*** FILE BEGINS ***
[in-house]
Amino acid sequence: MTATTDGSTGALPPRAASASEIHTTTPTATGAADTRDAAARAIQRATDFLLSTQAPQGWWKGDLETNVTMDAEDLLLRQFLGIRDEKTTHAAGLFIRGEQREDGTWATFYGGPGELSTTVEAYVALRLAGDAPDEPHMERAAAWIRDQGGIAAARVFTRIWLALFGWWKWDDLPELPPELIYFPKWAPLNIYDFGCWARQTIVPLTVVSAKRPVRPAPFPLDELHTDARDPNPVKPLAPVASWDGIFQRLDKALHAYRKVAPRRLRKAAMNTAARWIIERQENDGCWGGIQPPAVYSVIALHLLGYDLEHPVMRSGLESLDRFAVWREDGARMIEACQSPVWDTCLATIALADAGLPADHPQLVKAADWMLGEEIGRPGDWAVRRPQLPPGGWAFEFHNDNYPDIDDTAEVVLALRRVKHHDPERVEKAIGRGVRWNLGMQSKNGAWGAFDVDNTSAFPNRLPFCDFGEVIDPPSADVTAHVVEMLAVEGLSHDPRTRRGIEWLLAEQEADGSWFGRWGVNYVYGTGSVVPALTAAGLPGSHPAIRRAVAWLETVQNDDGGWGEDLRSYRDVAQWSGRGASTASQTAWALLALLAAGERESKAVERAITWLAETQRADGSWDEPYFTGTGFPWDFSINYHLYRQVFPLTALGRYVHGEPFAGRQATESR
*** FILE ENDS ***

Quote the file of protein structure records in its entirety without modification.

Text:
[in-house]
Amino acid sequence: MTATTDGSTGALPPRAASASEIHTTTPTATGAADTRDAAARAIQRATDFLLSTQAPQGWWKGDLETNVTMDAEDLLLRQFLGIRDEKTTHAAGLFIRGEQREDGTWATFYGGPGELSTTVEAYVALRLAGDAPDEPHMERAAAWIRDQGGIAAARVFTRIWLALFGWWKWDDLPELPPELIYFPKWAPLNIYDFGCWARQTIVPLTVVSAKRPVRPAPFPLDELHTDARDPNPVKPLAPVASWDGIFQRLDKALHAYRKVAPRRLRKAAMNTAARWIIERQENDGCWGGIQPPAVYSVIALHLLGYDLEHPVMRSGLESLDRFAVWREDGARMIEACQSPVWDTCLATIALADAGLPADHPQLVKAADWMLGEEIGRPGDWAVRRPQLPPGGWAFEFHNDNYPDIDDTAEVVLALRRVKHHDPERVEKAIGRGVRWNLGMQSKNGAWGAFDVDNTSAFPNRLPFCDFGEVIDPPSADVTAHVVEMLAVEGLSHDPRTRRGIEWLLAEQEADGSWFGRWGVNYVYGTGSVVPALTAAGLPGSHPAIRRAVAWLETVQNDDGGWGEDLRSYRDVAQWSGRGASTASQTAWALLALLAAGERESKAVERAITWLAETQRADGSWDEPYFTGTGFPWDFSINYHLYRQVFPLTALGRYVHGEPFAGRQATESR